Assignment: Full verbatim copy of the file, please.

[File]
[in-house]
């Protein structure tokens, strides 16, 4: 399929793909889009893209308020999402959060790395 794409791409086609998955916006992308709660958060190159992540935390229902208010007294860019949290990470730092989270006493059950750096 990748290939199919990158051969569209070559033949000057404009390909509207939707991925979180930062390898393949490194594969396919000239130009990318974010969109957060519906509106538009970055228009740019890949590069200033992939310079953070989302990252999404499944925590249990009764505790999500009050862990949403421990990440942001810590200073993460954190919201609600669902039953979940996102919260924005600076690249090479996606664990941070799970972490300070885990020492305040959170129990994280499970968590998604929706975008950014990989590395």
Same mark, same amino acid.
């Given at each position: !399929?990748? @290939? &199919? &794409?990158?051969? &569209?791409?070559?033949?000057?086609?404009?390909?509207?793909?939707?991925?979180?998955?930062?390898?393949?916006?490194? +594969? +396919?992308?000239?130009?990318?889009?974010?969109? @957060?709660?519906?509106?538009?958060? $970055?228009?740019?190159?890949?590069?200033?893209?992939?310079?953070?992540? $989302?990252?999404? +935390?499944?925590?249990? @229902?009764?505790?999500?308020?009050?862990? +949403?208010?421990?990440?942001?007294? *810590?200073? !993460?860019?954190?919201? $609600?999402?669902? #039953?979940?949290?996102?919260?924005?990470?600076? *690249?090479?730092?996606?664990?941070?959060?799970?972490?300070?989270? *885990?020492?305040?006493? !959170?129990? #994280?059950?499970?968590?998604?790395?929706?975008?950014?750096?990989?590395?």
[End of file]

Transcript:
[in-house]
């Protein structure tokens, strides 16, 4: 399929793909889009893209308020999402959060790395 794409791409086609998955916006992308709660958060190159992540935390229902208010007294860019949290990470730092989270006493059950750096 990748290939199919990158051969569209070559033949000057404009390909509207939707991925979180930062390898393949490194594969396919000239130009990318974010969109957060519906509106538009970055228009740019890949590069200033992939310079953070989302990252999404499944925590249990009764505790999500009050862990949403421990990440942001810590200073993460954190919201609600669902039953979940996102919260924005600076690249090479996606664990941070799970972490300070885990020492305040959170129990994280499970968590998604929706975008950014990989590395």
Same mark, same amino acid.
């Given at each position: !399929?990748? @290939? &199919? &794409?990158?051969? &569209?791409?070559?033949?000057?086609?404009?390909?509207?793909?939707?991925?979180?998955?930062?390898?393949?916006?490194? +594969? +396919?992308?000239?130009?990318?889009?974010?969109? @957060?709660?519906?509106?538009?958060? $970055?228009?740019?190159?890949?590069?200033?893209?992939?310079?953070?992540? $989302?990252?999404? +935390?499944?925590?249990? @229902?009764?505790?999500?308020?009050?862990? +949403?208010?421990?990440?942001?007294? *810590?200073? !993460?860019?954190?919201? $609600?999402?669902? #039953?979940?949290?996102?919260?924005?990470?600076? *690249?090479?730092?996606?664990?941070?959060?799970?972490?300070?989270? *885990?020492?305040?006493? !959170?129990? #994280?059950?499970?968590?998604?790395?929706?975008?950014?750096?990989?590395?």